They’d gone through the same thing that you were going through.


Jonathan Hill
That’s right, but they also knew our terminology, because Catholics were speaking a different language, and they would even use the same words and mean different things than what we would as Protestants. And so these guys knew how to talk to me. And so the more I read them, the more I began to say, “Well, this makes sense.” Hearing Catholic theology from a Catholic makes a whole lot more sense to hearing it from a Protestant who was anti-Catholic, and vice versa too, I imagine. So, that began a process of me now I’m looking in this direction. And so I devoured over 100 books on Catholic theology and began presenting some questions to Protestant friends, pastors, missionary friends, students, and professors as well as family.

I have an uncle, my mother’s older brother, the one born in Germany, had his doctorate in theology and New Testament history, and so the more I would ask questions or the more I would present these issues, the more I had to go back and keep learning and keep studying. And then I branched out into looking into Jewish history and Jewish theology. And there I began to really see some of the core doctrinal issues that I was struggling with as a present Protestant where they came from. Mary’s role in the church as Queen for instance. How does that play in? The notion and nature of the Eucharist and sacrifice.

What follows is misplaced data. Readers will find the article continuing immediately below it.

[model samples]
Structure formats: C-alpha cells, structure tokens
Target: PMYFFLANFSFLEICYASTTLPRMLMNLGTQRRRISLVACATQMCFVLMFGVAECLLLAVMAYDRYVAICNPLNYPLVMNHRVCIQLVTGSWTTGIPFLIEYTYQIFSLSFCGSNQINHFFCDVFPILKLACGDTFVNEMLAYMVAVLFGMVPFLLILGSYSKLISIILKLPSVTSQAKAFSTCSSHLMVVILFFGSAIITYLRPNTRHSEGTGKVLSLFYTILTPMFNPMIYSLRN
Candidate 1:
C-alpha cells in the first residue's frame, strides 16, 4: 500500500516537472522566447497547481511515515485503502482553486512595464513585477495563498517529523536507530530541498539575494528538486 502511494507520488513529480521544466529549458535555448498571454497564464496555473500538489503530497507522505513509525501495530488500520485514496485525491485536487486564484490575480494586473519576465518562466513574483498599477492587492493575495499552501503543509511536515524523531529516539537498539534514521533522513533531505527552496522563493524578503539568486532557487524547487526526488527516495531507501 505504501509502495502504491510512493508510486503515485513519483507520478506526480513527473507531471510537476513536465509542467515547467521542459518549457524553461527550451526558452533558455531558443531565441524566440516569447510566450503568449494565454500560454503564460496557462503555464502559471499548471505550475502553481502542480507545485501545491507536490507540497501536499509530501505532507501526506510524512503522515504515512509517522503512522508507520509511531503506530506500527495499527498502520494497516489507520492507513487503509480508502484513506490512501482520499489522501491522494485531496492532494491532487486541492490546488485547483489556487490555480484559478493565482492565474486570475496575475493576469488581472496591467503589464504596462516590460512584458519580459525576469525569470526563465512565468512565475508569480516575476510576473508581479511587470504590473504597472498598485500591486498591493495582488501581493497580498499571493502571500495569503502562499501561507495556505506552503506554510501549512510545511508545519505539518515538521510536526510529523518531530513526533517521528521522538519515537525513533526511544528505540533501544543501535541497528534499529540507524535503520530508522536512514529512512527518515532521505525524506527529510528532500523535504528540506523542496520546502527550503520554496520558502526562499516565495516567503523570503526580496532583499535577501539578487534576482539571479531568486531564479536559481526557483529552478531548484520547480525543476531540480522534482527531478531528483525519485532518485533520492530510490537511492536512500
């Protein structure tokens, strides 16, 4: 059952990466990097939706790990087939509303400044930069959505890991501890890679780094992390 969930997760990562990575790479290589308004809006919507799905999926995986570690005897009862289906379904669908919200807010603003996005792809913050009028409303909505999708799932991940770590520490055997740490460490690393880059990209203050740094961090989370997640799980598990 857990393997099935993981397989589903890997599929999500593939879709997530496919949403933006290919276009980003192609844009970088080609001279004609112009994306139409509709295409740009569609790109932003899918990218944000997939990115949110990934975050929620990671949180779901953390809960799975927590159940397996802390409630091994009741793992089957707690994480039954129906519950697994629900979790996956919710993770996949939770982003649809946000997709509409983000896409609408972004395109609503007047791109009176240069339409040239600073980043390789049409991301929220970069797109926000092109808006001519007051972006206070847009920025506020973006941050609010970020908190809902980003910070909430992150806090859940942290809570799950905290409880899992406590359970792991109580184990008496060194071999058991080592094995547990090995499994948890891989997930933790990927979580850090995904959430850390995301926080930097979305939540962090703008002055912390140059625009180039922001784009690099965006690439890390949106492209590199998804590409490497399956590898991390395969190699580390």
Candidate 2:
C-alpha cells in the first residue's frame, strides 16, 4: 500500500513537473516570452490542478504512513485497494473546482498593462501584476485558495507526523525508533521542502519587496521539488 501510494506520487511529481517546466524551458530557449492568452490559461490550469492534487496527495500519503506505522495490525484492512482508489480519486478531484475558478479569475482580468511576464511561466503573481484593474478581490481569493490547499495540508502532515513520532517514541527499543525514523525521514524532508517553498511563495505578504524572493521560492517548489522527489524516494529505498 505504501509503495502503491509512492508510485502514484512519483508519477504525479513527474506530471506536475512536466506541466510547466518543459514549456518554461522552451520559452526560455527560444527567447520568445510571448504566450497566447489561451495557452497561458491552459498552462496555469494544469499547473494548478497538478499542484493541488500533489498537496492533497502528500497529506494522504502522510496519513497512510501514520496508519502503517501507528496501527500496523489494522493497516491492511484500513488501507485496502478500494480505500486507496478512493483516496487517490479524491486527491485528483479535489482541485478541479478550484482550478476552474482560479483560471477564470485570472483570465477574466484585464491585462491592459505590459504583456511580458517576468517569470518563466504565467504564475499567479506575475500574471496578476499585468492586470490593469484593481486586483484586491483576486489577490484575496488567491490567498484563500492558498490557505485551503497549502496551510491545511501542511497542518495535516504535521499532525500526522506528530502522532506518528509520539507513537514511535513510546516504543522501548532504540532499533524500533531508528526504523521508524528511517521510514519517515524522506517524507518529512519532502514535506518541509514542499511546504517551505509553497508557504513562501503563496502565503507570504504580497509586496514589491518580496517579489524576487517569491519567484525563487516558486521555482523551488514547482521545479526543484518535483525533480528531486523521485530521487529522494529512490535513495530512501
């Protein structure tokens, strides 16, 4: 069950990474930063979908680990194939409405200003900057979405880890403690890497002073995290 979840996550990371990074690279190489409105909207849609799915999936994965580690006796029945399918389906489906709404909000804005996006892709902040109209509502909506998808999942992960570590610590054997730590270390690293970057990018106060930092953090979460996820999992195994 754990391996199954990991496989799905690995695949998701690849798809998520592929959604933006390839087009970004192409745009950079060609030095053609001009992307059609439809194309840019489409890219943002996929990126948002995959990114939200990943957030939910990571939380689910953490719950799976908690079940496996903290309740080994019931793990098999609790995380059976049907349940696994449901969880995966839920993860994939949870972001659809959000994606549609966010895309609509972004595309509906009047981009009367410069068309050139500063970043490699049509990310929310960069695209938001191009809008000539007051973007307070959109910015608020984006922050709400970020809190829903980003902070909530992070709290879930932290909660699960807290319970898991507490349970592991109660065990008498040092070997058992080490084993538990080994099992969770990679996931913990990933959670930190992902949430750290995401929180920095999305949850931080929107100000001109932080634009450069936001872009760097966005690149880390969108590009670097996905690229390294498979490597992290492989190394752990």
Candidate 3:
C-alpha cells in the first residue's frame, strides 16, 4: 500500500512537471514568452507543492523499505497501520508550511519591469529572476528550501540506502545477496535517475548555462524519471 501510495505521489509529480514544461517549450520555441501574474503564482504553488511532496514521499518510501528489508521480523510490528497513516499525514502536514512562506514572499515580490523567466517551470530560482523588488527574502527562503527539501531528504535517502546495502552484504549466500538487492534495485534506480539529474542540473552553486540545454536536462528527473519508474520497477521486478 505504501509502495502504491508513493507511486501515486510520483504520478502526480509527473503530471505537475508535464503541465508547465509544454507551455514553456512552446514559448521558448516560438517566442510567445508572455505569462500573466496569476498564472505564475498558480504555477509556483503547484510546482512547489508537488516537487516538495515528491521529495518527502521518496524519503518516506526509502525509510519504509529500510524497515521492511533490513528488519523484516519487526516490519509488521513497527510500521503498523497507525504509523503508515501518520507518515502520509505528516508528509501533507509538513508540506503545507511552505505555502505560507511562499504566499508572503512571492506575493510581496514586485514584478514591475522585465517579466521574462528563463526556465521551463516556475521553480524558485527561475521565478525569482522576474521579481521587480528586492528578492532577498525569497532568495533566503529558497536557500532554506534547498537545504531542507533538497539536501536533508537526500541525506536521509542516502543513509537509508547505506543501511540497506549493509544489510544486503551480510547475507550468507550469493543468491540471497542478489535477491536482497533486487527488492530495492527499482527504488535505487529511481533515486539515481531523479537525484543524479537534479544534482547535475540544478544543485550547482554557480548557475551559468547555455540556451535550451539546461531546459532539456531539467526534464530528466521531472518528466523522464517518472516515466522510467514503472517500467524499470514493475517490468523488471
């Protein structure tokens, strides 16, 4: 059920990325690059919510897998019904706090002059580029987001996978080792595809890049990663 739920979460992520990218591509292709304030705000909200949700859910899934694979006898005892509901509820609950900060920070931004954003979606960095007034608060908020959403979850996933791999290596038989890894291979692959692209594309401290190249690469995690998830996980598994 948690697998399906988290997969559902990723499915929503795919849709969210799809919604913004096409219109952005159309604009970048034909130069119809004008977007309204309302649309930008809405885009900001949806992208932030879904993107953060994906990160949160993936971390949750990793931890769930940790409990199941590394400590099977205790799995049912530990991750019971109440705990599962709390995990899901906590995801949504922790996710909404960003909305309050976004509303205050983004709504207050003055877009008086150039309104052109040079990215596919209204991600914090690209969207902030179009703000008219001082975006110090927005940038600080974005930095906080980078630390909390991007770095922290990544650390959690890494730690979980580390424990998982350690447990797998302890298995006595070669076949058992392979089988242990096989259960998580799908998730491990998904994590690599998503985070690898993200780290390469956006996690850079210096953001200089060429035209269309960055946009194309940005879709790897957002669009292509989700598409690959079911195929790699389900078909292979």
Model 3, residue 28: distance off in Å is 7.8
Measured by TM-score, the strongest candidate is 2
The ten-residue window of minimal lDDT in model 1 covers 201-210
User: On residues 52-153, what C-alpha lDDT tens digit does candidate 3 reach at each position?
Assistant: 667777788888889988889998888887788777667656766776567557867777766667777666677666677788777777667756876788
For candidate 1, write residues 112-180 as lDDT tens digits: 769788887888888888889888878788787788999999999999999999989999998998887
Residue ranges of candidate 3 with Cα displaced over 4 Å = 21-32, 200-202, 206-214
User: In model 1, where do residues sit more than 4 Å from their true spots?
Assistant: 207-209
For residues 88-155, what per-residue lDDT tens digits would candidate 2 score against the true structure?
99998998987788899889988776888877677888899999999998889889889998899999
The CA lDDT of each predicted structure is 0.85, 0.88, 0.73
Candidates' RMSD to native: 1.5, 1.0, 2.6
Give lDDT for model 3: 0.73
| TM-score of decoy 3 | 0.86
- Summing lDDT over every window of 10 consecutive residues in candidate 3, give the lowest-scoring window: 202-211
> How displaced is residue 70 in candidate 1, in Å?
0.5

Why it had to be the body and blood of Christ present as opposed to just as just a symbol? The keys of the kingdom, where that ties into Jewish understanding of theology and history of kingdoms. All these things began to make sense when I read them with Jewish eyes. And then reading of course, reading the early works of the early church fathers and mothers from the first centuries to the reformation, I was seeing a consistent Catholic theology that I didn’t realize was present there because we were not taught that as Protestants, as Baptist. In fact, whenever we would read the early works of the church, it would be snippets here and there that were used to show that these … Like Saint Augustine for instance, really believed what we believed as baptists, and so things were not put into their full perspective.